DeSantis’ Disposable Staff: When Work Culture Tanks Political Aspirations

Ron DeSantis, the Florida Republican governor, and former U.S. Congressman, is finding his presidential campaign in disarray with reports of sky-high spending, deserting donors, plummeting polls, and a musical chairs of staffers and leaders. This turmoil, however, is not just a blip on his political radar but rather a consistent narrative throughout his career, signaling deeper issues.

His professional journey is not marked by a stable cohort of loyal advisers or dependable staff. Instead, during his five-year stint in Congress, DeSantis’ office earned a reputation for high staff turnover. In fact, not a single senior member of his 2018 gubernatorial campaign team is assisting his 2024 presidential run.

When DeSantis transitioned from his D.C. office to the Florida governor’s mansion, his disregard for maintaining a stable team persisted. Regular firings in his first term as governor prompted some former staffers to form an emotional support group, a telling detail reported by Politico in 2021.

This lack of continuity has left DeSantis without a robust political machine needed for a national campaign. Disgruntled former staffers portray him as a boss who considers employees as expendable, with strategic decisions primarily made by him and his wife, Casey DeSantis, a former local TV journalist.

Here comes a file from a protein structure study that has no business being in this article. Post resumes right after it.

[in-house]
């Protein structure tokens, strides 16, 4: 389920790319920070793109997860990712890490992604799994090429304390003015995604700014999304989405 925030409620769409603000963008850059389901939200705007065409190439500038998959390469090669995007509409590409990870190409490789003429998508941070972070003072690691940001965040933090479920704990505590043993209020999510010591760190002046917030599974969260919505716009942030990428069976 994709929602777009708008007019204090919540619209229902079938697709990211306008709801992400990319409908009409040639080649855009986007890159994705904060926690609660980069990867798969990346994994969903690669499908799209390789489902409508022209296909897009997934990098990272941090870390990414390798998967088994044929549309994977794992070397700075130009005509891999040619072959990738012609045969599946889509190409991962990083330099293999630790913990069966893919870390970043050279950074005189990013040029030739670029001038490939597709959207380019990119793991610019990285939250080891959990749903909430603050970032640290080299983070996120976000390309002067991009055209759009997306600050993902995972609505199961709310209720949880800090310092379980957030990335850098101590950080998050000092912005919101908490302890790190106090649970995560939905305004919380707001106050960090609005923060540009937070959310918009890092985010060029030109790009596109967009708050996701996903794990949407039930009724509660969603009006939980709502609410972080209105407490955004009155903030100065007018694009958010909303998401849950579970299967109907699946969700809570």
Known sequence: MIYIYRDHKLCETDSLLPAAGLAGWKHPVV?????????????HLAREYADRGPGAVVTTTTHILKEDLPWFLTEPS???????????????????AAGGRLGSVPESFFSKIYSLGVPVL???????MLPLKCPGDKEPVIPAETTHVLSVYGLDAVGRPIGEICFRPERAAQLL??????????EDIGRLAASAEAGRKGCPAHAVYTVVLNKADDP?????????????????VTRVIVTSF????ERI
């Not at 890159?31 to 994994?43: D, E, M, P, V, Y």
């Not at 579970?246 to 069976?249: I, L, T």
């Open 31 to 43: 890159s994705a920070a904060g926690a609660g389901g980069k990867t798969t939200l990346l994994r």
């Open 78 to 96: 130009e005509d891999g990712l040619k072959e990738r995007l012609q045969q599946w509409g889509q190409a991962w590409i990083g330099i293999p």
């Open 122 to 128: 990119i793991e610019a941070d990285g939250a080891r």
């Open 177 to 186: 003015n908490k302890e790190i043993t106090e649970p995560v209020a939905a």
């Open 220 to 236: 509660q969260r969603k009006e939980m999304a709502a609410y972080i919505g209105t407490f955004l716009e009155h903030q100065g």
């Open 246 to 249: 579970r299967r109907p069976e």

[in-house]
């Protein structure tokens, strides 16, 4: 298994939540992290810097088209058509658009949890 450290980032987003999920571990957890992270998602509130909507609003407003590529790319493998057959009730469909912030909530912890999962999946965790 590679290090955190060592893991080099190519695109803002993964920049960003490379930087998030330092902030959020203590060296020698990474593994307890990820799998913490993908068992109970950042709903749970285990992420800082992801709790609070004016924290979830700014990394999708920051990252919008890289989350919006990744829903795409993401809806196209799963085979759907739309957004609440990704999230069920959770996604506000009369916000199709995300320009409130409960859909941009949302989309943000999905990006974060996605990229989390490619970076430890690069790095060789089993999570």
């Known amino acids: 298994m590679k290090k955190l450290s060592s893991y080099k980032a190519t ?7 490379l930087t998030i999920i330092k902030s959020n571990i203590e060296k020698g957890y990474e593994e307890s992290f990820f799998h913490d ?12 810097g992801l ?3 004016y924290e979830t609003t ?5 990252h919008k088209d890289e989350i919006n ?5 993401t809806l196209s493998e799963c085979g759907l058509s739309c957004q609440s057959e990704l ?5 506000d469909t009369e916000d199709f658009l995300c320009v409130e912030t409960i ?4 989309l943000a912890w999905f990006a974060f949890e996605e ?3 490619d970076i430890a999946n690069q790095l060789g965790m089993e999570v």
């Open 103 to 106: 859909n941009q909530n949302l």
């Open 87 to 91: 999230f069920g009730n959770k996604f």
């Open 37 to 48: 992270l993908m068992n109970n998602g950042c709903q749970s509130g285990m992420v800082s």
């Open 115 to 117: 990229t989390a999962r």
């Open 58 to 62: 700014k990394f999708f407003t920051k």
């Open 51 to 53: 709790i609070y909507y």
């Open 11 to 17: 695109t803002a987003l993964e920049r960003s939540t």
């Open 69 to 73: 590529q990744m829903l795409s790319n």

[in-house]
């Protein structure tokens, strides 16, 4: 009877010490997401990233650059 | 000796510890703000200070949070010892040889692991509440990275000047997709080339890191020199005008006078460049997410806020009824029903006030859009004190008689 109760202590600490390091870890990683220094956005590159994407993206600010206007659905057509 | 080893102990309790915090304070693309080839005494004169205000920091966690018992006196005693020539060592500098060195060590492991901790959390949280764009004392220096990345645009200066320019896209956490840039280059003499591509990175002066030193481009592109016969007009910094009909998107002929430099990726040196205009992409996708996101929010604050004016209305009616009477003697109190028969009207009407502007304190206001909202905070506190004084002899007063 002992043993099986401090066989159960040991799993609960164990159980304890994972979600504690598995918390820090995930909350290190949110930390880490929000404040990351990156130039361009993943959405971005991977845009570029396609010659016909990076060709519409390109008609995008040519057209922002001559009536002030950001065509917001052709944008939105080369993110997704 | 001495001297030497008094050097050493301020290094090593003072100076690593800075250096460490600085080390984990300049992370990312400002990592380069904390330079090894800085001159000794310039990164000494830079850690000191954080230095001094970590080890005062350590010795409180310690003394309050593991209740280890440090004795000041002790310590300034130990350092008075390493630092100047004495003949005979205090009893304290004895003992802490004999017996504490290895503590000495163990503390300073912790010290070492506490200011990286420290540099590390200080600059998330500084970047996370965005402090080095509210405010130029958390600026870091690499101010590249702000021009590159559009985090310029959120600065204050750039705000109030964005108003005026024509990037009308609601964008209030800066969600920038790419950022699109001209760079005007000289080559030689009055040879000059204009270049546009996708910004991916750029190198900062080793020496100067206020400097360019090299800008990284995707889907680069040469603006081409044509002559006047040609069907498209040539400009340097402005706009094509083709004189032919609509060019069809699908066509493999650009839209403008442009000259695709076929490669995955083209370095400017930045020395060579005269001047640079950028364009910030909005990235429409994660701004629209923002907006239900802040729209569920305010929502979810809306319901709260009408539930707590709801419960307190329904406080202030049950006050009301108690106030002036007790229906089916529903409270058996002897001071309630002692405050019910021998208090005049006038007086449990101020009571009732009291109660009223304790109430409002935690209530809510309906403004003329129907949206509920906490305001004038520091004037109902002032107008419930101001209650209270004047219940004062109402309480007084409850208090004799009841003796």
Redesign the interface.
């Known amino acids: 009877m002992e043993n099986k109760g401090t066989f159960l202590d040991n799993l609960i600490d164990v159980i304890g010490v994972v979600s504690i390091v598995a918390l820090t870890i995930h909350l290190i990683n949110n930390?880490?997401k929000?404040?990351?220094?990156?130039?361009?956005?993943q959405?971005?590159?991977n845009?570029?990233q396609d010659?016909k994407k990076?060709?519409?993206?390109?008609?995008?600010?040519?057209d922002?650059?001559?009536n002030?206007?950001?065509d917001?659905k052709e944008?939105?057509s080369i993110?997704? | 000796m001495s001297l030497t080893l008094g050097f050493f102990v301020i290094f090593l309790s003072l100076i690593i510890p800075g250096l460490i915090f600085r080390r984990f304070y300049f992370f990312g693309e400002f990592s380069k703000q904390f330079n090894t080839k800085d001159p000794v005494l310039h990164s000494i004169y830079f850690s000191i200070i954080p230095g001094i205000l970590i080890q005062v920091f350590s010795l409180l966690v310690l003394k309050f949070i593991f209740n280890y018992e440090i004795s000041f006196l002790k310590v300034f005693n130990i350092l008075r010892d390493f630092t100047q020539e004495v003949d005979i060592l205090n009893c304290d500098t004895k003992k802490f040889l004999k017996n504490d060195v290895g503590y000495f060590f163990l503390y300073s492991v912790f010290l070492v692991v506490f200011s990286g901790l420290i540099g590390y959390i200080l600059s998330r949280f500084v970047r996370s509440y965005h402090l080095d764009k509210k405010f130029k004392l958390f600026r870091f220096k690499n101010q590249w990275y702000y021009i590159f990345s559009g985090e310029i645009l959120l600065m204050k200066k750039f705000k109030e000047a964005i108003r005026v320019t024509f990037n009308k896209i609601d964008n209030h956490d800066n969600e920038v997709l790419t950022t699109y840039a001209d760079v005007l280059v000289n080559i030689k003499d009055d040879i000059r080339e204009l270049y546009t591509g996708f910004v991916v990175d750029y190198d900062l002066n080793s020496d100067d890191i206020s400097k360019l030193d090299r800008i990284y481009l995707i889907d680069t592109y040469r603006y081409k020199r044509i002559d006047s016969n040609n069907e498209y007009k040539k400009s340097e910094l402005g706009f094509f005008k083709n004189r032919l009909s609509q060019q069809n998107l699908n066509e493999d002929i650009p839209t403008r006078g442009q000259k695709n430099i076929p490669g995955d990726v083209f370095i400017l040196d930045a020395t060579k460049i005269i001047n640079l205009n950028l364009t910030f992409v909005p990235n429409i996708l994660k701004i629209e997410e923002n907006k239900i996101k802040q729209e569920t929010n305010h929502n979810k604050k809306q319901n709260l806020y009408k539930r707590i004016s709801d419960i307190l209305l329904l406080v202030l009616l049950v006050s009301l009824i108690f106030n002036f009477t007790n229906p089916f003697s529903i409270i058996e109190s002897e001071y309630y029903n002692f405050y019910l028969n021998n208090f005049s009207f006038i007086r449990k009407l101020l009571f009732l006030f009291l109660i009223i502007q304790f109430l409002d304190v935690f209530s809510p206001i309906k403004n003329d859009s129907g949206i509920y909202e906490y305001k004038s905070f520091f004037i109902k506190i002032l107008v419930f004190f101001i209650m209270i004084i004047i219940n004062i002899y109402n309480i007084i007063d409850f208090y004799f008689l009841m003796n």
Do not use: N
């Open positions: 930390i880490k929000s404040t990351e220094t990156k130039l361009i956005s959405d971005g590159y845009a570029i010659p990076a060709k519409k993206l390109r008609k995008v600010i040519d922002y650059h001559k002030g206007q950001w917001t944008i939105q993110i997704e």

For those who have experienced the brunt of DeSantis’ leadership, their stories suggest a leader detached from his staff. According to data compiled by Legistorm, DeSantis’ office ranked high in staff turnover during three of his five full years in Congress. Now in his governorship, only two staffers from his initial junior congress member team remain.

Anecdotal evidence suggests that DeSantis frequently shifts blame onto his staff for his own gaffes. Notable incidents include when DeSantis scapegoated his campaign staff for not managing the backlash following a racially insensitive comment he made on Fox News in 2018.

His disregard for employee welfare also came to light with a report that DeSantis had instructed the Florida Republican Party leader to fire a party official battling cancer.

Evidence of his lackluster social skills came to the fore when staff reportedly had to lure him into meetings with the prospect of cupcakes. On his rare visits to the campaign headquarters, DeSantis was oblivious to the size of his own team.

According to a former staffer, “Loyalty and trust, that is not a currency he deals in.” This sentiment underscores the prevalent perception of DeSantis: a leader who views his team as disposable. As he continues his bid for the Republican nomination, these revelations about his leadership style could seriously jeopardize his political aspirations.